Tropical Storm Nate, which developed as a depression yesterday, made landfall in Nicaragua this morning and is moving over eastern Nicaragua and Honduras this evening. Very heavy rainfall and flash flooding has already resulted in 22 deaths in Nicaragua and Costa Rica.
Nate is progressing generally northward and will emerge over the Northwest Caribbean Sea late tonight where it will have an opportunity to reorganize. The waters over that region are running in the range of 84-86 degrees F (29-30 degrees C), more than sufficient for re-intensification. With that said, the inner core will likely be badly “gutted” by the mountainous terrain of Nicaragua and Honduras and with a second landfall possible Friday evening, time will likely be limited for more robust intensification. With that said, minimal hurricane strength is possible, with a lower chance that the storm may get stronger if it’s inner core can re-organize quickly Friday.
A Hurricane Watch and Tropical Storm Warning is in effect for much of the coastal Yucatan Peninsula. Again, the major threats will be from water…heavy rain and freshwater flooding and also modest (although still hazardous) storm surge and high wave action.
Potential Impacts for Central Gulf Coast of US-
While many details are still in need of being honed in for the Central Gulf Coast…it is highly likely a tropical storm or minimal hurricane will approach the region Saturday evening with landfall early morning Sunday. The biggest threats will be from water (flooding/surge) with wind producing damage from falling trees and power outages.
Sea surface temperatures are slightly cooler along the northern Gulf Coast north of the Loop Current (82-84 degrees F/28-29 degrees C). Still more than warm enough for intensification if the system can remain over the current (a slightly farther west track may leave it over slightly cooler waters longer).
Also, given the shear currently over the Central Gulf will relax over the next couple of days (as an area of upper-level high pressure over Texas shifts westward and weakens), Nate will have an opportunity to re-intensify over the Gulf after leaving the Yucatan Peninsula. Computer models have some variability in timing of an upper trough which will move over the US Central Plains during the day Saturday. This will ultimately influence the exact track of the center of Nate. However both deterministic and ensemble members of the various models depict a likely landfall of the center somewhere from Southeast Louisiana to coastal Mississippi/Alabama. Regardless, widespread heavy rain (particularly near and east of the center), moderate storm surge flooding and high wind conditions will be likely over the coastal areas of these states by Saturday afternoon, spreading inland Saturday night and Sunday. Tropical storm force winds (sustained 39 mph+) will likely arrive on the LA Coast Saturday evening.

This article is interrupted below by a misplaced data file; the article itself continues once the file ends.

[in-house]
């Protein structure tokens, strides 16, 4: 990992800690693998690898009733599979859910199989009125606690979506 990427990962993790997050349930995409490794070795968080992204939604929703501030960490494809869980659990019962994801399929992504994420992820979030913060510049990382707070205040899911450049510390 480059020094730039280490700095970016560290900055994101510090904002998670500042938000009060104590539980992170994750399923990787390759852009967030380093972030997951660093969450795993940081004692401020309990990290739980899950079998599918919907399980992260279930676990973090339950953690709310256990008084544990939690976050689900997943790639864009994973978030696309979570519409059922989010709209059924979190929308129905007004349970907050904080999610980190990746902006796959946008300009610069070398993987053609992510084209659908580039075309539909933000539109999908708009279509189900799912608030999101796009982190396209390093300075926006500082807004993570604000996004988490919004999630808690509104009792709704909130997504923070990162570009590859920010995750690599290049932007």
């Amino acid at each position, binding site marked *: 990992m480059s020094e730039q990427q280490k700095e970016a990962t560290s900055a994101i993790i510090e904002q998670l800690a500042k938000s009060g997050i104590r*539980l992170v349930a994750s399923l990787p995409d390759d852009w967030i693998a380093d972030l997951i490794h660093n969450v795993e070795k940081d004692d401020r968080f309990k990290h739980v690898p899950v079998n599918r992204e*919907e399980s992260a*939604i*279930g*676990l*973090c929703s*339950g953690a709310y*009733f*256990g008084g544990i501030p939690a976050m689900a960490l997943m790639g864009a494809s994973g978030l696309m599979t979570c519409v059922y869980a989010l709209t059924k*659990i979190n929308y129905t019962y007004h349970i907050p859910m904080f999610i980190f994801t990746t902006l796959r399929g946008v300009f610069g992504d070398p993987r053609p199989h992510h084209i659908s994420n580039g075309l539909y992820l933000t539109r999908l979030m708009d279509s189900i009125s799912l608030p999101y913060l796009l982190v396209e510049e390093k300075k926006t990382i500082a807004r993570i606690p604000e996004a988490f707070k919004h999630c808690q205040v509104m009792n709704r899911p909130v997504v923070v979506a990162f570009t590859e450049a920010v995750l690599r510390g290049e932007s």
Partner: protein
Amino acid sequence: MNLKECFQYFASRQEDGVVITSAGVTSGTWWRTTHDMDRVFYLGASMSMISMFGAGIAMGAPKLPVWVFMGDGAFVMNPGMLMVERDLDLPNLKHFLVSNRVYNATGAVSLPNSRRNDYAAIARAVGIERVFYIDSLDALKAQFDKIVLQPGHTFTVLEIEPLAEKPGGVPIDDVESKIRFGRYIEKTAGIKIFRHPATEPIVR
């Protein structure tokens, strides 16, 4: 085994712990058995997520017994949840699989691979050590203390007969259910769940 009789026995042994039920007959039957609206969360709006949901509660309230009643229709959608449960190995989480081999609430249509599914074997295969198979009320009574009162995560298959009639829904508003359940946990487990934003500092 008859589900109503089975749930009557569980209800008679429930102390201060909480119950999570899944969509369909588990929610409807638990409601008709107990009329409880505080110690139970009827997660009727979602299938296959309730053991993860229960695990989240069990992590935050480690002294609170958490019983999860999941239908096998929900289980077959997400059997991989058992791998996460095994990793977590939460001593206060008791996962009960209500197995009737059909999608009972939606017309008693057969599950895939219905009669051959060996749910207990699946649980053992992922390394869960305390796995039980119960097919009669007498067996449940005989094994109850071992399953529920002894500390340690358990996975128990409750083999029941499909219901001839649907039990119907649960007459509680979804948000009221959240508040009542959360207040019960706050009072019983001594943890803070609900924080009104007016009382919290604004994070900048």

Tropical cyclone watches will likely be issued for portions of Louisiana, Mississippi and Alabama late tonight or early tomorrow morning.
The Atlantic Hurricane Season is currently running above normal (1966-2010 norms in parenthesis): 14 named storms (9), 8 hurricanes (6) and 5 major hurricanes (2). In terms of Accumulated Cyclone Energy (a function of maximum sustained winds over time), 2017 ranks (as of this post) as the 6th most active season on record for the North Atlantic Basin. The average temperature of the North Atlantic Main Development region (open tropics west of Africa) exceeded 83 degrees F (~28 degrees C) for the 9th time since 2002 (had never done so in the record prior going back to 1981). The MDR is the 3rd warmest on record overall.